Wednesday, April 1, 2009
Murder-Suicide in Silicon Valley's Indian Family
Five members of a South Indian family are dead in an apparent murder-suicide in Sunnyvale, CA. The 42-year-old Yahoo engineer, Devan Kalathat, aka Raghavan Devarajan, opened fire on his wife, his two children and his wife's brother's family who were all living in the same townhouse in Sunnyvale, and then turned the gun on himself.
According to media reports, Kalathat was a naturalized U.S. citizen who moved from India to Sunnyvale 15 years ago. Kalathat's wife, Abha, is reported in critical condition with multiple gunshot wounds in her upper body. Sunnyvale Police identified the dead victims as Kalathat's children: 11-year-old Akhil Dev and 4-year-old Negha Dev; Kalathat's brother-in-law Ashok Appu Poothemkandi, 35, Poothemkandi's wife, Suchitra Sivaraman, 25; and the Poothemkandis' infant daughter, Ahana Ashok.
In a story posted Tuesday, the Times of India had an interview with Kalathat's father-in-law, Appu Master, an 80-year-old retired schoolteacher, in Tamil Nadu. Master told the news organization that the shooter had a "quarrel" with Master's son, Poothemkandi.
Ashok Kumar Sinha of the Consulate Generals of India in San Francisco said it helped police notify relatives and will be working with the family to claim the bodies. Relatives from India and England are on their way to Sunnyvale.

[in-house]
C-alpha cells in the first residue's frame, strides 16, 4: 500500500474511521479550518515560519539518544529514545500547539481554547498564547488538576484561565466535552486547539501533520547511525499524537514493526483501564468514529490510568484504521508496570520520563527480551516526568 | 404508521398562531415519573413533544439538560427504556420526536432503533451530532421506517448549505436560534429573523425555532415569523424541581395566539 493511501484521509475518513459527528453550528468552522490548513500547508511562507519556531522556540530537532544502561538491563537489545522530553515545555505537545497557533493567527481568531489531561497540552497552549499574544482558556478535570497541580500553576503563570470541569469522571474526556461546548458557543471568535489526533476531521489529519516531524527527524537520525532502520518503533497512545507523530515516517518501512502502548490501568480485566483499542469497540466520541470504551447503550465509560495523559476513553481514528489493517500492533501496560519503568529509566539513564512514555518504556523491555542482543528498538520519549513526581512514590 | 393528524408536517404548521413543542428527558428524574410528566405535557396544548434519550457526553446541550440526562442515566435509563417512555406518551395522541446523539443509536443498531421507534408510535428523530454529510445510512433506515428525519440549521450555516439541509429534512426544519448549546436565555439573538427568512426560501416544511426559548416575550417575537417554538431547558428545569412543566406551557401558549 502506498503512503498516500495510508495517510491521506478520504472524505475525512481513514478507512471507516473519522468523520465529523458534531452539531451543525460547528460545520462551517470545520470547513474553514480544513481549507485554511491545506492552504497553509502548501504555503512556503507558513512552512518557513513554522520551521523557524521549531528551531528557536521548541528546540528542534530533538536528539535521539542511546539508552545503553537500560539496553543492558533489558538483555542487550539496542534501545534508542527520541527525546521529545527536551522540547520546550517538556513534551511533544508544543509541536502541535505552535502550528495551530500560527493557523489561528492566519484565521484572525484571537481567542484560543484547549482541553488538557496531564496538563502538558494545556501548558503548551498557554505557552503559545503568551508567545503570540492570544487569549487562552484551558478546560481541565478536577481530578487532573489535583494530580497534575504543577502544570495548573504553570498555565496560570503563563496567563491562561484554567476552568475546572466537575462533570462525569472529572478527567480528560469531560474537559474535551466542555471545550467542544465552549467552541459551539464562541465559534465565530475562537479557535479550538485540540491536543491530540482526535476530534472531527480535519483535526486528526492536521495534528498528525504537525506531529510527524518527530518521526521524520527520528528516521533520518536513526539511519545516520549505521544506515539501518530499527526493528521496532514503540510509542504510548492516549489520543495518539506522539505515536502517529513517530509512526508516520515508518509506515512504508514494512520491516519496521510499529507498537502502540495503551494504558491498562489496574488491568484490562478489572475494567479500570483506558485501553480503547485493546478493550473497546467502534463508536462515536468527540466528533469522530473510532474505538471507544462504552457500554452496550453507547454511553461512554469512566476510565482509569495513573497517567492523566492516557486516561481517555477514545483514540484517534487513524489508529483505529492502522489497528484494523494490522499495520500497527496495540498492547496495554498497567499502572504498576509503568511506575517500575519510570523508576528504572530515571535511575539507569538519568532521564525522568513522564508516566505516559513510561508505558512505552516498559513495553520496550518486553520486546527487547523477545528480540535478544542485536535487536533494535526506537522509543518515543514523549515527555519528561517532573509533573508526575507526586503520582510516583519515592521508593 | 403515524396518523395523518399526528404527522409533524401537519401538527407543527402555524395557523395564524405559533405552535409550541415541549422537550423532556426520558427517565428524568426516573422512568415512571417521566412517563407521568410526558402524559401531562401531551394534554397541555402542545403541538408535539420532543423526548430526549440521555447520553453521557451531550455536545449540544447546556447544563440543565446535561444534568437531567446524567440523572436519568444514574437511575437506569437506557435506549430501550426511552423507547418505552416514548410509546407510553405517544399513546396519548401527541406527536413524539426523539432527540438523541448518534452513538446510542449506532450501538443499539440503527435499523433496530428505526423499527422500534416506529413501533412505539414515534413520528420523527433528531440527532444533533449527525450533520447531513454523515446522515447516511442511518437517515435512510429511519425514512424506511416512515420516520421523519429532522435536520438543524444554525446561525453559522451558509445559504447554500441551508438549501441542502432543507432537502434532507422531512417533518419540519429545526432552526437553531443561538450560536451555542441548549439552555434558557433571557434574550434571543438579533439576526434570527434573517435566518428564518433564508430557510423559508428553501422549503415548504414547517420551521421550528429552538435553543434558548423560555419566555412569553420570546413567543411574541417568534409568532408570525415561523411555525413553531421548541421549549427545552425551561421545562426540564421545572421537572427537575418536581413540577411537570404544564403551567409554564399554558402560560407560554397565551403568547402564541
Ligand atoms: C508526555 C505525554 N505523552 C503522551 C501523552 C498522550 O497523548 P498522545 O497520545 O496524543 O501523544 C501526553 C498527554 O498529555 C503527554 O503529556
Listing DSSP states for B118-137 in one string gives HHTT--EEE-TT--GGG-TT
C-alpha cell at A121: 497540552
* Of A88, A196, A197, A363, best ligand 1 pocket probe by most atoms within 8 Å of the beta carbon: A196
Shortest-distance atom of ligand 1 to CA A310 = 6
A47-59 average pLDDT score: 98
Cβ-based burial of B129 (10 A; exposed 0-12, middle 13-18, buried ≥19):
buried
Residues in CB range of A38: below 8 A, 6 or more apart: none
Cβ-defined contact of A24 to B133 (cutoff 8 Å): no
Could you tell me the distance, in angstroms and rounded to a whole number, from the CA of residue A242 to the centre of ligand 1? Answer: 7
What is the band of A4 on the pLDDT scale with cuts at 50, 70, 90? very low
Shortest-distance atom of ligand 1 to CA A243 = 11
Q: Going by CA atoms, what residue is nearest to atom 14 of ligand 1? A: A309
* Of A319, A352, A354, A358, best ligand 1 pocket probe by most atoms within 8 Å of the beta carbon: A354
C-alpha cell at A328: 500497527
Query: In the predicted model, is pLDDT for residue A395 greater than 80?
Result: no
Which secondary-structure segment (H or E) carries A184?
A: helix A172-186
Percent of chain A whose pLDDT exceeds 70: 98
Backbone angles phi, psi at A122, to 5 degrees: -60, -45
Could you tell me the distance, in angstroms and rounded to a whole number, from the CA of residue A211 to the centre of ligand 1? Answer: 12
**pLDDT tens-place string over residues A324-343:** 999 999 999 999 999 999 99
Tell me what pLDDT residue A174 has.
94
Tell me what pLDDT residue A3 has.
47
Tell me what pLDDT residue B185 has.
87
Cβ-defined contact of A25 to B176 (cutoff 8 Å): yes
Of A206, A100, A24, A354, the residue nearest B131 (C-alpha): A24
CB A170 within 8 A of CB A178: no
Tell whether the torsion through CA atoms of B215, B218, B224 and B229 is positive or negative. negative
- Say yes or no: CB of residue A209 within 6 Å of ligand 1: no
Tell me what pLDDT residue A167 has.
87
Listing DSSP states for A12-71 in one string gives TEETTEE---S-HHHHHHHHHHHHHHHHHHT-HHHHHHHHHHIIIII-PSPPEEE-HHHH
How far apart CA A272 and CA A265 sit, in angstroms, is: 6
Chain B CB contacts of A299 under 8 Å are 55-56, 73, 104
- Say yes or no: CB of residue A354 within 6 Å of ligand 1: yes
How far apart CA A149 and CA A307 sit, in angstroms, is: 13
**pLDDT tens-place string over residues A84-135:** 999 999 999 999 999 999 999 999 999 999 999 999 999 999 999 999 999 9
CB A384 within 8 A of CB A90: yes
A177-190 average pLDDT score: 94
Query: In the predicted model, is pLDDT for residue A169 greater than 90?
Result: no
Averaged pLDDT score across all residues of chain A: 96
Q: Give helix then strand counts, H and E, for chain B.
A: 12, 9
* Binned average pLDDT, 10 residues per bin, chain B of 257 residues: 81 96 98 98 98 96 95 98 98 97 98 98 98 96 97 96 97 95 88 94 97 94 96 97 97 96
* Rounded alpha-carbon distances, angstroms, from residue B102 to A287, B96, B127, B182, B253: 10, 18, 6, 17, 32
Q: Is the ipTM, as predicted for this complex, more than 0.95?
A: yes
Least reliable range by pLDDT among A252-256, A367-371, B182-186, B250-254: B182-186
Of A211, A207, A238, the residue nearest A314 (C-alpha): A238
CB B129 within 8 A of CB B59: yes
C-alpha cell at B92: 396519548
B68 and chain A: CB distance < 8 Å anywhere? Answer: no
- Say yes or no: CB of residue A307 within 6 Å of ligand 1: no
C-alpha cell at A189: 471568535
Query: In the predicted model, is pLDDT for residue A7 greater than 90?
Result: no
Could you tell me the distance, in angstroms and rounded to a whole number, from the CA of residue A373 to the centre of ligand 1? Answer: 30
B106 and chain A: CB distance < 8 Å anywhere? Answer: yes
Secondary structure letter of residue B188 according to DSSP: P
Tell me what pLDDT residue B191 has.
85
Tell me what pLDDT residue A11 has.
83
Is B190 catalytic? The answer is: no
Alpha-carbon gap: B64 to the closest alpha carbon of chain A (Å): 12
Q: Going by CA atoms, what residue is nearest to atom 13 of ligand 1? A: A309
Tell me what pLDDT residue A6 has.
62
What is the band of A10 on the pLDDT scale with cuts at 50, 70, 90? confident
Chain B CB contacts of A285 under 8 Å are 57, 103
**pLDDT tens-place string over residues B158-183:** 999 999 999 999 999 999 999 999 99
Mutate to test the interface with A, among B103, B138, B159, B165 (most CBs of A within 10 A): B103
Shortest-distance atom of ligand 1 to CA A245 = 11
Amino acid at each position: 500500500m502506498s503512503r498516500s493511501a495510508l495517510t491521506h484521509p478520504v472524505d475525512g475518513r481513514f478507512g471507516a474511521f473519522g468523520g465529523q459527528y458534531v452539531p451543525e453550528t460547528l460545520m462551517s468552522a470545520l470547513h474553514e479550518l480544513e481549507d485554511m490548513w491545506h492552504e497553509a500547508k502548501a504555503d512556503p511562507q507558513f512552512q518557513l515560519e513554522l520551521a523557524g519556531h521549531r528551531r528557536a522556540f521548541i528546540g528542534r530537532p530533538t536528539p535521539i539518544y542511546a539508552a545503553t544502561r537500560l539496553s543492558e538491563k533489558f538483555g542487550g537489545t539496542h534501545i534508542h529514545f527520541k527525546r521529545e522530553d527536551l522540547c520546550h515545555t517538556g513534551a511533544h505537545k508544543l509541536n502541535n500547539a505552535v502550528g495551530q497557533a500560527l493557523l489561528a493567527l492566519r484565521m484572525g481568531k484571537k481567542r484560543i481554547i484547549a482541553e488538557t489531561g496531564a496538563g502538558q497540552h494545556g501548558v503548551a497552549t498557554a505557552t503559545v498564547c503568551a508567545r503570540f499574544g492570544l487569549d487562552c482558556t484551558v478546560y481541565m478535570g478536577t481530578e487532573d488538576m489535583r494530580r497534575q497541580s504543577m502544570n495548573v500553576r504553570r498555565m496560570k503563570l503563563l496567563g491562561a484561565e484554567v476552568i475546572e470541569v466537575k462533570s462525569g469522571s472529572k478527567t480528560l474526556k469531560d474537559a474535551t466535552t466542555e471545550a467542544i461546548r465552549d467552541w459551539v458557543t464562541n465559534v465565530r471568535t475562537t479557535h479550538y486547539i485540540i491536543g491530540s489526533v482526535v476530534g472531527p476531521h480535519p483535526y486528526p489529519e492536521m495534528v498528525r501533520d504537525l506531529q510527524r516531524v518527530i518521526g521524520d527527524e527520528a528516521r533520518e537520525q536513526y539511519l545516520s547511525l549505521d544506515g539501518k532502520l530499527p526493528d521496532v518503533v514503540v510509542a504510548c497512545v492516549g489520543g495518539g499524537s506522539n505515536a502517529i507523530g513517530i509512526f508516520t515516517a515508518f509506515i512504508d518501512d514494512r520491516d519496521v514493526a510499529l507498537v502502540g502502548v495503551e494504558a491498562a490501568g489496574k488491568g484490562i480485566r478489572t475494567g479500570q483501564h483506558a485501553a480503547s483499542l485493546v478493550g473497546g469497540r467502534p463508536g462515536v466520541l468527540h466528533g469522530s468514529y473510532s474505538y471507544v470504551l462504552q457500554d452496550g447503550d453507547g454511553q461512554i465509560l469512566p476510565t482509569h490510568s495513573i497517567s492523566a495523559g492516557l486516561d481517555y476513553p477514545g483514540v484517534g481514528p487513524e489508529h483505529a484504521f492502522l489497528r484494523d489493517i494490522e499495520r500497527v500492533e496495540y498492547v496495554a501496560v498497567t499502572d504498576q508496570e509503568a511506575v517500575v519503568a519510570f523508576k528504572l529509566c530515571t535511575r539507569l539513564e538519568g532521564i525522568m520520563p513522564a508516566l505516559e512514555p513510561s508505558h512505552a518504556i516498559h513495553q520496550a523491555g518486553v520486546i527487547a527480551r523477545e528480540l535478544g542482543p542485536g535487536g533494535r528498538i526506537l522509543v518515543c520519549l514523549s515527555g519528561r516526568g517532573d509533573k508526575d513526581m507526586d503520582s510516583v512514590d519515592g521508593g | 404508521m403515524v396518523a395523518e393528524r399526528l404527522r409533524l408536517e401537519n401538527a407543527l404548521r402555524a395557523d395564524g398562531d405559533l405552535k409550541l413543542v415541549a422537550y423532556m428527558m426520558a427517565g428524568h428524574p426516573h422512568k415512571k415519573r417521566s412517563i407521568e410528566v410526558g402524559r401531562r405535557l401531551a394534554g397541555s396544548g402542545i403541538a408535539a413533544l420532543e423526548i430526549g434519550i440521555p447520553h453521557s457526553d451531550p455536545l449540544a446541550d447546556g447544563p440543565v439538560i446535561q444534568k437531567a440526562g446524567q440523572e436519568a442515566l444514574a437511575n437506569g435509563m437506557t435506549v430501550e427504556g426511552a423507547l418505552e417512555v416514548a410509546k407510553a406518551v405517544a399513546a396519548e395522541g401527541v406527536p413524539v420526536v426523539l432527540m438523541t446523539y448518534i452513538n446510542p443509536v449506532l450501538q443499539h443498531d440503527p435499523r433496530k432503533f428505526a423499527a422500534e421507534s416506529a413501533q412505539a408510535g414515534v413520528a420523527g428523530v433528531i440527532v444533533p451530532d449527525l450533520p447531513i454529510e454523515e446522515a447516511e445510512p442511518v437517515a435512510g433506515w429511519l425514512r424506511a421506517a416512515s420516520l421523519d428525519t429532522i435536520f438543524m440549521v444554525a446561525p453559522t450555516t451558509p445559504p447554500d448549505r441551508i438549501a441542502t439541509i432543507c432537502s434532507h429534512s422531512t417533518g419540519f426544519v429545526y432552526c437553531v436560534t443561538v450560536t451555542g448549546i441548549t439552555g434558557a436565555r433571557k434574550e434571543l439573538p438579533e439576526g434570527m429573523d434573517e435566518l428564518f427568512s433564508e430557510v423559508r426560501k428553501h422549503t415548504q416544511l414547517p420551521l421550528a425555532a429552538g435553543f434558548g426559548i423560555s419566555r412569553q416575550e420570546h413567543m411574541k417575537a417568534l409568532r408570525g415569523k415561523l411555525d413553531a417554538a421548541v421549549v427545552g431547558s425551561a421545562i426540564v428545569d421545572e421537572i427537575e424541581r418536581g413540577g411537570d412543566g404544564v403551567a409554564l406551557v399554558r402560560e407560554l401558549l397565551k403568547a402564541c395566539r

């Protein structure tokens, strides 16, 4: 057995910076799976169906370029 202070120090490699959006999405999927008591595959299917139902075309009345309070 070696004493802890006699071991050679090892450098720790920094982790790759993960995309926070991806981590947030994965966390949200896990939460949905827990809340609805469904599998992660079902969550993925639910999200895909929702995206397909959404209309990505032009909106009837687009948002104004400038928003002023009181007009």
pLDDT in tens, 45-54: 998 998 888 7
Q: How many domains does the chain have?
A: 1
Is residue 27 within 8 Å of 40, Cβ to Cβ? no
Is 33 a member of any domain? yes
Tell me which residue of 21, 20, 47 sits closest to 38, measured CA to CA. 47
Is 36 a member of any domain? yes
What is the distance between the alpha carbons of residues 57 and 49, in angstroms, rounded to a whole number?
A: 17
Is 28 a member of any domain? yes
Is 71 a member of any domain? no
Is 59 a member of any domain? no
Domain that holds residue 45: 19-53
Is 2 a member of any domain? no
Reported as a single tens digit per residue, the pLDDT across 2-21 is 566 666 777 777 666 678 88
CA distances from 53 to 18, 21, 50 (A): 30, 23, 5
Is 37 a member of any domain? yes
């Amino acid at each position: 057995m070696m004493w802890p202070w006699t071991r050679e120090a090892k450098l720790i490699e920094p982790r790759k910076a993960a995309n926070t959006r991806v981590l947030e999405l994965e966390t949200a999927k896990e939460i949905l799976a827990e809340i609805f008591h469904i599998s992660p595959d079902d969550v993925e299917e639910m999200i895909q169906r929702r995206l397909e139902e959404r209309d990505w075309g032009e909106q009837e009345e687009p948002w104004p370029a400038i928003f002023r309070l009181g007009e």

There was another, similar incident involving an Indian family near Los Angeles, California, last year in Oct. Time magazine reported that police discovered the bodies of the Rajaram family in their home on Como Lane. Karthik Rajaram, 45, had shot his mother-in-law, wife and three children to death before killing himself.
Rajaram, a former financial analyst at PricewaterhouseCoopers and Sony Pictures, left two suicide notes — one for police and another for family and friends — and a will. "I understand he was unemployed, his dealings in the stock market had taken a disastrous turn for the worse," said Los Angeles deputy police chief Michel R. Moore. "This was a person who had been quite successful in this arena." Amid news of the global financial crisis and the credit crunch, this murder-suicide has become emblematic of the times — in its way parallelling the deathly plunges of Wall Street stockbrokers in 1929, reported the magazine.
While this murder-suicide is very tragic, the news of violent crime or deadly violence among South Asian-Americans in Silicon Valley is very rare. Most members of the community are well educated with solid middle class backgrounds. Many own their own homes and are known to be highly family oriented, sending their children to the best schools in the valley.
Bigotry Bedevils South Indian Eatery
Silicon Valley Job Cuts Hit H1B Workers
Musharraf in Silicon Valley
Pakistani American: Mr. Thirty Percent of Silicon Valley
Sir Syed Day Mushaira in Silicon Valley
Silicon Valley Summit of Pakistani Entrepreneurs